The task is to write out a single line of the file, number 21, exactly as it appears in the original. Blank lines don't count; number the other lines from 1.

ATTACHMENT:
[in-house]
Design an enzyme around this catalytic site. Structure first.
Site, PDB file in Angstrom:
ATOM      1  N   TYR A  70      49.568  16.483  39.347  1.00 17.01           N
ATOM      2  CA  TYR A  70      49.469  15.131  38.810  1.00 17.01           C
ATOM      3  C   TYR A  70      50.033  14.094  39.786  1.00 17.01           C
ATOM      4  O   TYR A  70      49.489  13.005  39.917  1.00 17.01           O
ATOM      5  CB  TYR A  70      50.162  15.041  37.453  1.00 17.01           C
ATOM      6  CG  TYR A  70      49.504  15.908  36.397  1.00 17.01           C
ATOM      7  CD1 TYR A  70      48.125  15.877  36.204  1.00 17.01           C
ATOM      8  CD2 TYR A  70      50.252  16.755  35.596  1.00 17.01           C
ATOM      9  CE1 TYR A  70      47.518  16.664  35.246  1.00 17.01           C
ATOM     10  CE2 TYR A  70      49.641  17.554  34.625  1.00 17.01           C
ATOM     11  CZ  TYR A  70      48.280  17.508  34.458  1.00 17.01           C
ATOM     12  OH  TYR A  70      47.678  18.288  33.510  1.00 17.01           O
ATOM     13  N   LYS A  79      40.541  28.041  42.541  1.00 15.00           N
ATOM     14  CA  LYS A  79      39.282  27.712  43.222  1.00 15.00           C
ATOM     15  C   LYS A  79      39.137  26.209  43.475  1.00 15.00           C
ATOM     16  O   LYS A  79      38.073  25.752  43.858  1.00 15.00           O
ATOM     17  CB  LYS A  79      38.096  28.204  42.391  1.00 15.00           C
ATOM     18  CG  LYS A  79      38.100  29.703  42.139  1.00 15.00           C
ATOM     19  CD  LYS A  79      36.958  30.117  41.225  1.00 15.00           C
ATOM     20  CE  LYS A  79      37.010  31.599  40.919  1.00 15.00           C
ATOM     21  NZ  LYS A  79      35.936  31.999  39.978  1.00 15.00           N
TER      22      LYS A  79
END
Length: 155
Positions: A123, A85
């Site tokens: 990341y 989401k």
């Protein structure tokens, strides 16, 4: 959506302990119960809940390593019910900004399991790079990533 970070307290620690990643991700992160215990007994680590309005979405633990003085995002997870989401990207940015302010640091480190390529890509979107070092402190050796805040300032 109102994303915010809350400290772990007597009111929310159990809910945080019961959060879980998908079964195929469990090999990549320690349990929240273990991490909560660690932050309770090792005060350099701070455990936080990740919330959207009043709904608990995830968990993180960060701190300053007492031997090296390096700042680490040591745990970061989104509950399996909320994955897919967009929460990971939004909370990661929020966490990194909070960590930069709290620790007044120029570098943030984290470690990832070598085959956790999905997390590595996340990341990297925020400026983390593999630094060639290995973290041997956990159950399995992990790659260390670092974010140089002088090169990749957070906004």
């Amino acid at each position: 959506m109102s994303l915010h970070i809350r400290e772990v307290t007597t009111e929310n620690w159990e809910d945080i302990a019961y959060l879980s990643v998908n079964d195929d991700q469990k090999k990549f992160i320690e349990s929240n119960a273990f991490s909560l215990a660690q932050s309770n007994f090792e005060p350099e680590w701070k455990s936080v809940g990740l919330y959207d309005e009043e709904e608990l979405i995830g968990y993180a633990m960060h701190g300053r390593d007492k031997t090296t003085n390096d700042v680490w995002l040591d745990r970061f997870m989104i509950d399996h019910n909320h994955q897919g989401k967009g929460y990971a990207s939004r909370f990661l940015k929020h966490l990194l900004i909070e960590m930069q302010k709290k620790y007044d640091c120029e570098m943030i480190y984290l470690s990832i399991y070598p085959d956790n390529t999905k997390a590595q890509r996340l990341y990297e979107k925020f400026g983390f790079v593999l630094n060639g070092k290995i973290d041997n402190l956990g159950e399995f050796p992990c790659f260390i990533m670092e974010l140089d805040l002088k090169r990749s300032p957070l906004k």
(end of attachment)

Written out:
ATOM     18  CG  LYS A  79      38.100  29.703  42.139  1.00 15.00           C